While we are on the topic of social media, influencer marketing can also be a good way to increase sales. This process will involve partnering up with influential people in your industry who will promote your brand in exchange for payment or free use of your product.
This sort of collaboration will be way more effective when combined with using paid ads on social media. Why?
Because this will dramatically increase the exposure that interested people have to your brand.
Paid advertising and email marketing can also be great ways to enhance your SaaS content marketing strategy. If you have highly commercial pages this can be a good way to generate new sales.
Your individual promotion strategy should align with your specific content goals and budget. As such, you should consider testing various different tactics to see what works best for your business. Then you can adjust your strategy where necessary to drive better results in terms of brand awareness, leads, and overall revenue for your SaaS business.
Measure Your Results
Once you have implemented your SaaS content marketing strategy, it is important to measure its results.
If you can’t find a good way to track the outcomes of your content marketing strategy then you won’t be able to determine whether the strategy has been effective or not.
What defines a positive metric to track is up to you. But, there are a few common details people look out for.
Firstly, website traffic. Regularly monitoring your Google Analytics to determine how many visitors are coming to your website, where they are coming from, and what pages they are visiting will help you determine which marketing channels are driving the most traffic to your website.
This can give you better insights into where you should focus your attention moving forward.
The thing is though, traffic by itself is what we call a vanity metric.
People need to actually be engaging and interacting with your content in order for it to be successful. New backlinks to pages, comments, social shares, higher dwell times, and lower bounce rates can all be good indicators of this.
Ultimately, the goal of your SaaS content marketing strategy is to generate leads for your business (which hopefully adds revenue to this business). You can track how well the lead-gen side of your business is going by looking at the number of people who are downloading your lead magnets or filling out forms on your website.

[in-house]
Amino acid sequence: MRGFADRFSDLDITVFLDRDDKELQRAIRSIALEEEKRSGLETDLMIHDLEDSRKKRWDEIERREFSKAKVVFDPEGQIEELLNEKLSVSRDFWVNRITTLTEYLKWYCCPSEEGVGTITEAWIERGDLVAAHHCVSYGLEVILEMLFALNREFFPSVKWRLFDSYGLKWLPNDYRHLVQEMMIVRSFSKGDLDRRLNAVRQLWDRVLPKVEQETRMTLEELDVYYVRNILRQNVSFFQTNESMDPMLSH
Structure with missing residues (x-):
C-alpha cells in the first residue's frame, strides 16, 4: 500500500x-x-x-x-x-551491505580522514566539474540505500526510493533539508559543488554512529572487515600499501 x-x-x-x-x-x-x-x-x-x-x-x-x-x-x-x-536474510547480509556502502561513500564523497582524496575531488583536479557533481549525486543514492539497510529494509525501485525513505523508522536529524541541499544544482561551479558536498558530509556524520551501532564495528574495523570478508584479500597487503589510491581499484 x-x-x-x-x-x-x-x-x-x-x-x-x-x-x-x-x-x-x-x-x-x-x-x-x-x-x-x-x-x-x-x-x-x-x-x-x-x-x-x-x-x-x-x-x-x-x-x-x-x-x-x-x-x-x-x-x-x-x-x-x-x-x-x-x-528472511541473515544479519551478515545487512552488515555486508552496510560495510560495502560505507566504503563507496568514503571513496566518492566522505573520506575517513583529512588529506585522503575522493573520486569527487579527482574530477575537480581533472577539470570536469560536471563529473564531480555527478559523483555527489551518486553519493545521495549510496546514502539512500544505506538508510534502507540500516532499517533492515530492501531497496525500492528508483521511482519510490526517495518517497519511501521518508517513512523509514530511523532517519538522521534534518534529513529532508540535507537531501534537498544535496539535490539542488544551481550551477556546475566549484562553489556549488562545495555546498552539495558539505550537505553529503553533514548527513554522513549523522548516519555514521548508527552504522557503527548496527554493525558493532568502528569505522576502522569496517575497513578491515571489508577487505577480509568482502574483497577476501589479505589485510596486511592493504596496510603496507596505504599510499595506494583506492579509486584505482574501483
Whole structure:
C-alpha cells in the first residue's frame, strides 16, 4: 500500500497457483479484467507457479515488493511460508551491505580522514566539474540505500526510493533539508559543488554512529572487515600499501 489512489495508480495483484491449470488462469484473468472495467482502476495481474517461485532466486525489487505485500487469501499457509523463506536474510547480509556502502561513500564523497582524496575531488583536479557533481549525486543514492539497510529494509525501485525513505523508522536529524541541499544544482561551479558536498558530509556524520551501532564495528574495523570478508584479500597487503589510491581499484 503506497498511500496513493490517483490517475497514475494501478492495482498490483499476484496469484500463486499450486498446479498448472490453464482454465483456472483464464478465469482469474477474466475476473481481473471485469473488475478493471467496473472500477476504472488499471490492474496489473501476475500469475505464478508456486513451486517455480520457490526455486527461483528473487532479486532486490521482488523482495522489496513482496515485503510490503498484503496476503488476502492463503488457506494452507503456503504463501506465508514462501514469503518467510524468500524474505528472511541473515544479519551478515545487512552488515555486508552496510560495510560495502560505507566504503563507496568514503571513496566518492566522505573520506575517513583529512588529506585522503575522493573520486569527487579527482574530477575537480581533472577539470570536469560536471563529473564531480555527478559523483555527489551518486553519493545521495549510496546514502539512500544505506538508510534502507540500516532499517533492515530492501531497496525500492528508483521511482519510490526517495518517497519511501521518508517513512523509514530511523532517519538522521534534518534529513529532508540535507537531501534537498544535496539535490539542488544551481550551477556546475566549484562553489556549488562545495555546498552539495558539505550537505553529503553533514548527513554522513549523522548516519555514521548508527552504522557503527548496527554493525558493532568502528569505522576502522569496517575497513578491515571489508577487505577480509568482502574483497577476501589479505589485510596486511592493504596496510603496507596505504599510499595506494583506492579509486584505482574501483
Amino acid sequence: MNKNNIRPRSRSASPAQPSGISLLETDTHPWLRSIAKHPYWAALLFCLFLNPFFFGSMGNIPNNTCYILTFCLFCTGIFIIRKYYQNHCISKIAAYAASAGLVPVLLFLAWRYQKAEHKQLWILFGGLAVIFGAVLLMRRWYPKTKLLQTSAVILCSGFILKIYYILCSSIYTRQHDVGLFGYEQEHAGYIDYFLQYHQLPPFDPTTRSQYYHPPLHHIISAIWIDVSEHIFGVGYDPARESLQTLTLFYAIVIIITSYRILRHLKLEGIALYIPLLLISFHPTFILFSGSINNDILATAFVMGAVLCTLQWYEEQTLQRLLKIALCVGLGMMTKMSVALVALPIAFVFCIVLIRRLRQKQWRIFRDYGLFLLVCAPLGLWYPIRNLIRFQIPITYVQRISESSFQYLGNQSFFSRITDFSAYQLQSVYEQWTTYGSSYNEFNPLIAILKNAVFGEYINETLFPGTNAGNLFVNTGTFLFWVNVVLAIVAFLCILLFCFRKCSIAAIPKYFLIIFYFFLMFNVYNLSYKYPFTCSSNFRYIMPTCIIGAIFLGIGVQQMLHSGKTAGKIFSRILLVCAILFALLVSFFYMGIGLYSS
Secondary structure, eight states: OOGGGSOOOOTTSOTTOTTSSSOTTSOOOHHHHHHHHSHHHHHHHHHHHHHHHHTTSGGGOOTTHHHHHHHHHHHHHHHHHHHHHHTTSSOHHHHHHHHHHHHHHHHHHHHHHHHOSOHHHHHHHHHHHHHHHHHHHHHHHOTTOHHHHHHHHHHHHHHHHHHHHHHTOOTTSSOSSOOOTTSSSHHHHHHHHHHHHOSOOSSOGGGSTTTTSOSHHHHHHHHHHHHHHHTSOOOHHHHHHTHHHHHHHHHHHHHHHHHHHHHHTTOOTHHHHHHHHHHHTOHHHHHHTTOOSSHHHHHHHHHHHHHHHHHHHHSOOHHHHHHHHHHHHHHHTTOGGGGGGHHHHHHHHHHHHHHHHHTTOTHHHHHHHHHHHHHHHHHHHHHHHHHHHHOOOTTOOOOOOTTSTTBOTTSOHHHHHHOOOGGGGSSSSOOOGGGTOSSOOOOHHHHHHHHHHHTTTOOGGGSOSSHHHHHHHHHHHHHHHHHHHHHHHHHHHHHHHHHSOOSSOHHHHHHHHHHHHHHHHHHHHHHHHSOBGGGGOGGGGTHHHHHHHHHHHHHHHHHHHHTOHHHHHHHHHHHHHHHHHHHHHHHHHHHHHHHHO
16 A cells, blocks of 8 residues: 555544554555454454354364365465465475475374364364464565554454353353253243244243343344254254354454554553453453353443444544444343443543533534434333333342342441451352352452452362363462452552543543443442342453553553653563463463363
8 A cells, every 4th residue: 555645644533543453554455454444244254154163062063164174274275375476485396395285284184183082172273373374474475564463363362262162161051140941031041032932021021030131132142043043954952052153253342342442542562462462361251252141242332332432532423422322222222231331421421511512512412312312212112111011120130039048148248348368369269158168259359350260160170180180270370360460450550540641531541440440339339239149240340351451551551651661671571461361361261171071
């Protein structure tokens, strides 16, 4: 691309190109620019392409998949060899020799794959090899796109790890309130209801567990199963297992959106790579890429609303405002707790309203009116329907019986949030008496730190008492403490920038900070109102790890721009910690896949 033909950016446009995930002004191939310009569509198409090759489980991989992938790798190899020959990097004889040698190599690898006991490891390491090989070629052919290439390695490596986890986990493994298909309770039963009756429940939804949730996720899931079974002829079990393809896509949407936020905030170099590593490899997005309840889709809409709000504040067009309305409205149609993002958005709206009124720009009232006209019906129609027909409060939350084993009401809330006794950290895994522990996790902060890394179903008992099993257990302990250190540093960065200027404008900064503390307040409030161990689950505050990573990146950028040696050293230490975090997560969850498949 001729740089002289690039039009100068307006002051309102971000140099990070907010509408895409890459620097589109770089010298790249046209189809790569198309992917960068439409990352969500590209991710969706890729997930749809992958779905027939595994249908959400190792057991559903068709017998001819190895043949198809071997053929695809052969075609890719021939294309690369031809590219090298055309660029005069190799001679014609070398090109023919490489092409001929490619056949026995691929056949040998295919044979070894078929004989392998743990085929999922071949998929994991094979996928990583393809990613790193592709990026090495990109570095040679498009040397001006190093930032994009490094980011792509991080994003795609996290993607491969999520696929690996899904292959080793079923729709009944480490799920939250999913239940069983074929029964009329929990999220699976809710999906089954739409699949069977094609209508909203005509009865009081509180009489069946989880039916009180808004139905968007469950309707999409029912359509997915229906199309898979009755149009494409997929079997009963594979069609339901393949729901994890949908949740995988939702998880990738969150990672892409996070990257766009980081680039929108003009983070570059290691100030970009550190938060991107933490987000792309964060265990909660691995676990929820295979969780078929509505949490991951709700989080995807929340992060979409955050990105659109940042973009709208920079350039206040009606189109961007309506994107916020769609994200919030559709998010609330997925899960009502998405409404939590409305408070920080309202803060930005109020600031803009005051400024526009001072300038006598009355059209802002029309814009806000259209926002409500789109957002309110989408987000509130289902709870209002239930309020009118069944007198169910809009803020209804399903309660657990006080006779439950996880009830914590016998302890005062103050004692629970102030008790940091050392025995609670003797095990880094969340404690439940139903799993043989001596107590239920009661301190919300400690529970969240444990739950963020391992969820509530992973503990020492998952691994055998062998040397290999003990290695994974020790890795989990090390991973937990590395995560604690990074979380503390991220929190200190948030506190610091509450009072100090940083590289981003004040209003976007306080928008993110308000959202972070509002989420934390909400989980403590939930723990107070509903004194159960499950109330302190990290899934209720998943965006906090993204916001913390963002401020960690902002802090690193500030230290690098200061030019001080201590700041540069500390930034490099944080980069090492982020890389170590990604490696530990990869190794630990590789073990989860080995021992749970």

What matters more than leads? Arguably conversions. Implementing various conversion rate optimization strategies is the way to go if you want to move website visitors from “content marketing readers” to “buyers”. Your goal is to grow the business and conversions are the element of this that truly moves the needle.
Content marketing shouldn’t be a “publish and pray” method. Instead, your job will be taking existing content and presenting it in a new format or through a different channel. This is the primary goal of content repurposing.
Repurposing and reusing content can save you large amounts of time and resources. Not only that, repurposing content across new channels e.g. Instagram and YouTube will also give you access to a new audience and therefore be able to reinforce key messages.
The likelihood is that over time you have (and will continue to) publish lots of content. As such, it’s important to have a genuine strategy in place.
The first step of content repurposing is to identify pieces that have performed well in the past, whether that’s blog posts, social media updates, infographics, or videos. It doesn’t matter.
The point is that content that has previously performed well will have signals associated with it that make it desirable. Therefore, this content will likely experience similarly high levels of engagement or sharing once it is repurposed.
The format of your repurposing is also an interesting challenge. You have many options here. For example, you could turn a blog post into an infographic, a podcast episode, or a series of social media updates, or you could choose to turn a series of related blog posts into an ebook, or a webinar. The flexibility you have to repurpose content marketing is awesome!
Repurposing your content marketing pieces on a new channel means that you will need to optimize everything accordingly. The process of repurposing content involves adding visuals and multimedia elements, repositioning the tone or language, and being willing to adapt the length or structure to suit the new medium.
Finally, get the word out! Share your repurposed content everywhere using the strategies we have already discussed! This will be a game-changer for your SaaS content marketing strategy.